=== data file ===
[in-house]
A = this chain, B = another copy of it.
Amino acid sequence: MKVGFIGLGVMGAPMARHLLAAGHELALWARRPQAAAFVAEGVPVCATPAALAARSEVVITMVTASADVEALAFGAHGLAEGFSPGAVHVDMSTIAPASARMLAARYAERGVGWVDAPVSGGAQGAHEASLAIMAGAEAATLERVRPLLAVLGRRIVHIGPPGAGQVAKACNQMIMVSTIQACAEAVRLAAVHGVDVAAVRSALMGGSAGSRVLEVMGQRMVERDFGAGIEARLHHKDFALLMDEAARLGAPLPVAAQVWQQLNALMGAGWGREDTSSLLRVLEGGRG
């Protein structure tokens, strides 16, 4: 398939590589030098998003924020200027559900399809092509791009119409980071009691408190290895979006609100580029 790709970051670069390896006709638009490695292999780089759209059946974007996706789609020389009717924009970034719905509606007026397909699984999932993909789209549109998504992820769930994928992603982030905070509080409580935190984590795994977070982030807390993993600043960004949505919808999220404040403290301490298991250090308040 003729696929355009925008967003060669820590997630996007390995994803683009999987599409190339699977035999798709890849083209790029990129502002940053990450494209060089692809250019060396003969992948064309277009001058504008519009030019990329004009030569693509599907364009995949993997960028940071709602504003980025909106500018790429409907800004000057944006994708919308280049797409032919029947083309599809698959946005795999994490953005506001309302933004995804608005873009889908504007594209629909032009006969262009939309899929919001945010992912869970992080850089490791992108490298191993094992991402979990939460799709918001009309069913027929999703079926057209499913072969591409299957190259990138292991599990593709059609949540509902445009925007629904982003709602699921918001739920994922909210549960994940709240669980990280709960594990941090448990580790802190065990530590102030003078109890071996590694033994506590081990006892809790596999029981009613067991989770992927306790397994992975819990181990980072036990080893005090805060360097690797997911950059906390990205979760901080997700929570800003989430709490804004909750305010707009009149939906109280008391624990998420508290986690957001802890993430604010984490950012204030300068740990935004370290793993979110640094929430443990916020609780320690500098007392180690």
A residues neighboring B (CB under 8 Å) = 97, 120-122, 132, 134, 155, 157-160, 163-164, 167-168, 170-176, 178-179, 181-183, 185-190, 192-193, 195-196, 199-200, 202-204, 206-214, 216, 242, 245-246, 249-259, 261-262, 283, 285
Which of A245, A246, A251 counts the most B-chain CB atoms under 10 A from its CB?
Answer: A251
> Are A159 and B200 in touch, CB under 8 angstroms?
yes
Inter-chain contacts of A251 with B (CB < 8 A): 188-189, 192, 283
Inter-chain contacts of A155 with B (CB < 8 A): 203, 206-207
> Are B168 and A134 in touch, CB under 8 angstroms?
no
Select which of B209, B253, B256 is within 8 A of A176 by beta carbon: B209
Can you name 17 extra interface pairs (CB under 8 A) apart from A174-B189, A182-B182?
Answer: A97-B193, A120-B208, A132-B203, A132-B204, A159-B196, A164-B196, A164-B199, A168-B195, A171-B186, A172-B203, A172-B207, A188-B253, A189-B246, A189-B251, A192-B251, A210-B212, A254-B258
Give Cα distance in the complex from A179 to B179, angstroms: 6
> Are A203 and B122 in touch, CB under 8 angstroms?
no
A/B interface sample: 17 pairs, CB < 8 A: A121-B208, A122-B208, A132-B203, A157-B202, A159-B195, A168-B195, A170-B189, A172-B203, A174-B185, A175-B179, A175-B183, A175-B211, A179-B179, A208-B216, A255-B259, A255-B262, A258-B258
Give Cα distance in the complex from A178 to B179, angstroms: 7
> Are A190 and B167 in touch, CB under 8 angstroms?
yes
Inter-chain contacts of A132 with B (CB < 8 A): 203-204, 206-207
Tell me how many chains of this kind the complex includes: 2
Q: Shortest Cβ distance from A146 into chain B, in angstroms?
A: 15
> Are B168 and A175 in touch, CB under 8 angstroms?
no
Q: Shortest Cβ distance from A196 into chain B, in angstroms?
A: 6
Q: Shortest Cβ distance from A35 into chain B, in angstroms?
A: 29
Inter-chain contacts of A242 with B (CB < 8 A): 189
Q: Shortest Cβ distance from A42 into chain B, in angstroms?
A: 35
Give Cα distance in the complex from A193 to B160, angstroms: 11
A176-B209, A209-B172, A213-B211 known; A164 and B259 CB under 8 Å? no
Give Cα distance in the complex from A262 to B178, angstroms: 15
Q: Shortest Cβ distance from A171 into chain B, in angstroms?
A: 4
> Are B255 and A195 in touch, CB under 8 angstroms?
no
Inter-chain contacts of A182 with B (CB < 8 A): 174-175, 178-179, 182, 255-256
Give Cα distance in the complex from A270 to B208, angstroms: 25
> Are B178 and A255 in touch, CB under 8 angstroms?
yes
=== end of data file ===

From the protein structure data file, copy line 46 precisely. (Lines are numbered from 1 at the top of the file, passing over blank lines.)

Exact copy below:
> Are B178 and A255 in touch, CB under 8 angstroms?